by Mark Albert
WASHINGTON (TVR) – The controversial electronics ban on some flights into the United States is nearly gone, with only one airline yet to comply with Trump Administration demands, even as more airports fear they could be next if they don’t heed a U.S. ultimatum to improve security.
On Wednesday, the Transportation Security Administration announced the ban on large electronics had been lifted from flights from Cairo, Egypt, after the country’s flagship carrier, Egypt Air, “implemented the required initial enhanced security measures,” the TSA said in a tweet.
The ban covers any electronic devices larger than a smartphone, and includes laptops, tablets, e-readers, and video game players.
King Abdul-Aziz International Airport (JED) and King Khalid International Airport (RUH) are the only two that remain on the electronics ban.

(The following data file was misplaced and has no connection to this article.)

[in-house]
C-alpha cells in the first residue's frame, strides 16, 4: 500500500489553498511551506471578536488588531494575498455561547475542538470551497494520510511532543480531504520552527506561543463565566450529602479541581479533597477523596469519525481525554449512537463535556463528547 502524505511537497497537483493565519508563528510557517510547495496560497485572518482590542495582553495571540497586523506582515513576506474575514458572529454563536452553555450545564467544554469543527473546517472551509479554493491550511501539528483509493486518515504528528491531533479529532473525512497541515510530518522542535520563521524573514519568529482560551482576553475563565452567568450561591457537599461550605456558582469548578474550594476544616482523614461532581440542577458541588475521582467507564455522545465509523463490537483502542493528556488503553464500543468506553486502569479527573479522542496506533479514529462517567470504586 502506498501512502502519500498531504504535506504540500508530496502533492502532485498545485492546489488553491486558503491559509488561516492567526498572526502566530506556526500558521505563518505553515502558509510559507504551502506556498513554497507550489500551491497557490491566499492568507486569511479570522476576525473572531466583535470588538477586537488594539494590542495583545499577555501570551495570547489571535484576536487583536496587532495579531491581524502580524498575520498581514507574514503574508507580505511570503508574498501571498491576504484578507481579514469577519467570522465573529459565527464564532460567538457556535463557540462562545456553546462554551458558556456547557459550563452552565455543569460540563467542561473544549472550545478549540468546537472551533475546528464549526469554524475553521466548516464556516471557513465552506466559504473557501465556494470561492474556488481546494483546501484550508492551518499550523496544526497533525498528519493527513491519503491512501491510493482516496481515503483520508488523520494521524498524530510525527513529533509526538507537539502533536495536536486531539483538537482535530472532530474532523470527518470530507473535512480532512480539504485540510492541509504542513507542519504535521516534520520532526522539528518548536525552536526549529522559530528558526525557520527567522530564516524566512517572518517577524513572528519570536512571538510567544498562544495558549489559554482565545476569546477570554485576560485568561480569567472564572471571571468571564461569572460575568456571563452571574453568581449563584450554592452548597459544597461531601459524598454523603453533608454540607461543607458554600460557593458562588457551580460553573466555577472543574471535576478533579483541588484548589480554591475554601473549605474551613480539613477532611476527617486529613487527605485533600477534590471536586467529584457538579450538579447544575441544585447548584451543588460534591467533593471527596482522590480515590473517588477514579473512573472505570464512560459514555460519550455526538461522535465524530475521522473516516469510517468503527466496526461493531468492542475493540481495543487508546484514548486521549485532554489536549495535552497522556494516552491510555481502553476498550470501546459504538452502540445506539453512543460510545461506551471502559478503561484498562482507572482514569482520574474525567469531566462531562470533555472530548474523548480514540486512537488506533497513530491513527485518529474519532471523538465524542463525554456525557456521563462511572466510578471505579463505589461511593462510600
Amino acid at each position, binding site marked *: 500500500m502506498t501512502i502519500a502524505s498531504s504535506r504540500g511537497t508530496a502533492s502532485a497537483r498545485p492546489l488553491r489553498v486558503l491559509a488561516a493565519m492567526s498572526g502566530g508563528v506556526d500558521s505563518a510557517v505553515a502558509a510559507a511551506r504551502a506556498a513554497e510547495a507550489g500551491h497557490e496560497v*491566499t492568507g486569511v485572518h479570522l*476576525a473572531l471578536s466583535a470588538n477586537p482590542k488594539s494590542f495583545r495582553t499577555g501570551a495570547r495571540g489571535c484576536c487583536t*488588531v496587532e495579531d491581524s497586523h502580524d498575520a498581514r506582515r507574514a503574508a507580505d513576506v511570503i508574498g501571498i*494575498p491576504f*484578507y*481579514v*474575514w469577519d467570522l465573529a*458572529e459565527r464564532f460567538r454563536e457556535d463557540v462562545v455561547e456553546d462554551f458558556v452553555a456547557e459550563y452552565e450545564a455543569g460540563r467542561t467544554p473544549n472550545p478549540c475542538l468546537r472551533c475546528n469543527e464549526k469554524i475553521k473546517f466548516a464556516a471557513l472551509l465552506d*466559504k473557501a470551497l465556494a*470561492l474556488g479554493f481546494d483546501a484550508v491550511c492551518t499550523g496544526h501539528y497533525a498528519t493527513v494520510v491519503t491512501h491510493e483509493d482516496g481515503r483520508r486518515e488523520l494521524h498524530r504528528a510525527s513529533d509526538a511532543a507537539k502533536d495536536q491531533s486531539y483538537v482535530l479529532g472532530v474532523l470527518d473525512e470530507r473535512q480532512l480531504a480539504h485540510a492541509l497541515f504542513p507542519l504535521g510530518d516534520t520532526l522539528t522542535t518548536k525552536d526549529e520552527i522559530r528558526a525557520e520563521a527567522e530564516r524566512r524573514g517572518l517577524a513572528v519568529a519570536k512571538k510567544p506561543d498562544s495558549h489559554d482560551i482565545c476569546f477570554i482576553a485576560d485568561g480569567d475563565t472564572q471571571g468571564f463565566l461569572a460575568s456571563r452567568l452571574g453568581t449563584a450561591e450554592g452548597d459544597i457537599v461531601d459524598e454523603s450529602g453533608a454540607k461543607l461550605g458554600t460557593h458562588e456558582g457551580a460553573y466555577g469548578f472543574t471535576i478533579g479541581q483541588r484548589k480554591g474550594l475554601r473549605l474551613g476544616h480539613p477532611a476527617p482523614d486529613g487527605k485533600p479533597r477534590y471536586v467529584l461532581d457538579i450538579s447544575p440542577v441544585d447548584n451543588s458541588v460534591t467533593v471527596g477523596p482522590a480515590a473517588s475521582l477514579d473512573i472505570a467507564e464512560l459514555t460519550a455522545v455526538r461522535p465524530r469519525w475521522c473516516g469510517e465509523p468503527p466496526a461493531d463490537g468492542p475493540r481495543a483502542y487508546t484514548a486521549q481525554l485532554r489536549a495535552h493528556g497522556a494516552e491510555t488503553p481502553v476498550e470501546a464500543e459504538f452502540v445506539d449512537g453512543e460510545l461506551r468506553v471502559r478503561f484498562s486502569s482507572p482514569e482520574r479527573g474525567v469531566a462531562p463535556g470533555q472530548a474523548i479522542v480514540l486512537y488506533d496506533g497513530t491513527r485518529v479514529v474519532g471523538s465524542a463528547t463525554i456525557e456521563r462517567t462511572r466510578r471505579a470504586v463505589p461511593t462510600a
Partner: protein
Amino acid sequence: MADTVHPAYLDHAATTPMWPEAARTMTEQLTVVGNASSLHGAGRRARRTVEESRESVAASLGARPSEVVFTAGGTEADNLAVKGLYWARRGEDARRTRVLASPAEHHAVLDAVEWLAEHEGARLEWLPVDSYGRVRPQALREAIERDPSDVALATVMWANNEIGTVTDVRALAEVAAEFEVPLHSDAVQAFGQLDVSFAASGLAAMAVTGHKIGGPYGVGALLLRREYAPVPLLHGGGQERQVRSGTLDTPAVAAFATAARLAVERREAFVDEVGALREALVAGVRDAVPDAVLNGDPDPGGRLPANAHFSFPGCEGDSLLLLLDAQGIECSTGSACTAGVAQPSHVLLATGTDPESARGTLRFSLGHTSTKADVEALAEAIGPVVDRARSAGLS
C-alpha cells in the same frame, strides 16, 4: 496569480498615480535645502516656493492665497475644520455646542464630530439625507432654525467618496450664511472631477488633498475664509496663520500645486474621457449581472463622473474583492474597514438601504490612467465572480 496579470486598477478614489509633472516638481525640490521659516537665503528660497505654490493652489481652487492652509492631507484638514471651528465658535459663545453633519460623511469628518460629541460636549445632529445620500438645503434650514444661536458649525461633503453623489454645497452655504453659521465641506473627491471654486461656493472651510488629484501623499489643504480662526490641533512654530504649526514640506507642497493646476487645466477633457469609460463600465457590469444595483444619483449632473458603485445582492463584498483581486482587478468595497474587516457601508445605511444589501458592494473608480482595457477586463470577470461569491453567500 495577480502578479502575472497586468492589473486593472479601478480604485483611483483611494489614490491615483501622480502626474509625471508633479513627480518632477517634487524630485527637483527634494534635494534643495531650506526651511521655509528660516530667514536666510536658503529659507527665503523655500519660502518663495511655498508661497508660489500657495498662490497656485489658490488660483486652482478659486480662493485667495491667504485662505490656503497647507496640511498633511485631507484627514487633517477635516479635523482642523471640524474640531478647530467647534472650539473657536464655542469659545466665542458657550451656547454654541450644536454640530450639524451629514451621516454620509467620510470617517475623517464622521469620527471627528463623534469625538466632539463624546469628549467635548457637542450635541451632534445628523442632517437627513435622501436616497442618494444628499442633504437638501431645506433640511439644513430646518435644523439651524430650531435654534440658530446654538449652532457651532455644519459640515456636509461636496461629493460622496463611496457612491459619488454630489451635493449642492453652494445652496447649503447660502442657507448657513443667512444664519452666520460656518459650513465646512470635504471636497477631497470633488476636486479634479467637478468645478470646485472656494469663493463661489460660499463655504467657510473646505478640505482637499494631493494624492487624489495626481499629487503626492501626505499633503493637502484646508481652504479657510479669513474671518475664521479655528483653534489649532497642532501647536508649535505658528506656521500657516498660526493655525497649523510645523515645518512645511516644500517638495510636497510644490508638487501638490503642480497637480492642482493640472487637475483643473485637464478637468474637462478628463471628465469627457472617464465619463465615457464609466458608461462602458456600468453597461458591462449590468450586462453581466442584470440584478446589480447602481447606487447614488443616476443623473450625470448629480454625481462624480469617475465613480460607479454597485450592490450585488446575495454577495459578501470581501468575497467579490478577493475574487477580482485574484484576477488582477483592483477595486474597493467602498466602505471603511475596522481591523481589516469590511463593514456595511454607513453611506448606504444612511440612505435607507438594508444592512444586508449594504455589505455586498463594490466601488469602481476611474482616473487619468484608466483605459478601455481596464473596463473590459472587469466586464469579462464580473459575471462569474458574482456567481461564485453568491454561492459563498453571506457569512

Electronics Ban Ultimatum
The airlines and airports had to implement new, U.S.-devised security and passenger screening requirements to be removed from the electronics ban.
Other airports fear they could be added to the electronics ban, however.
Late last month, DHS Secretary John Kelly announced new security measures for all U.S.-bound flights worldwide, about 2,100 on an average day or 118 million passengers a year.
“It is time to raise the global baseline of aviation security,” Secretary Kelly said in his prepared remarks.
“We cannot play international whack-a-mole with each new threat. Instead, we must put in place new measures across the board to keep the traveling public safe and make it harder for terrorists to succeed.”
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The changes to passenger vetting, screening electronics for explosives, and other measures, came instead of a broad expansion of the electronics ban, as many critics had feared.
If they did not comply with the new security directive, Kelly vowed DHS may extend the original electronics ban to flights from their locations, greatly affecting travel.
“Those [airports] who choose not to cooperate or are slow to adopt these measures could be subject to other restrictions—including a ban on electronic devices on their airplanes, or even a suspension of their flights to the United States,” said Kelly.
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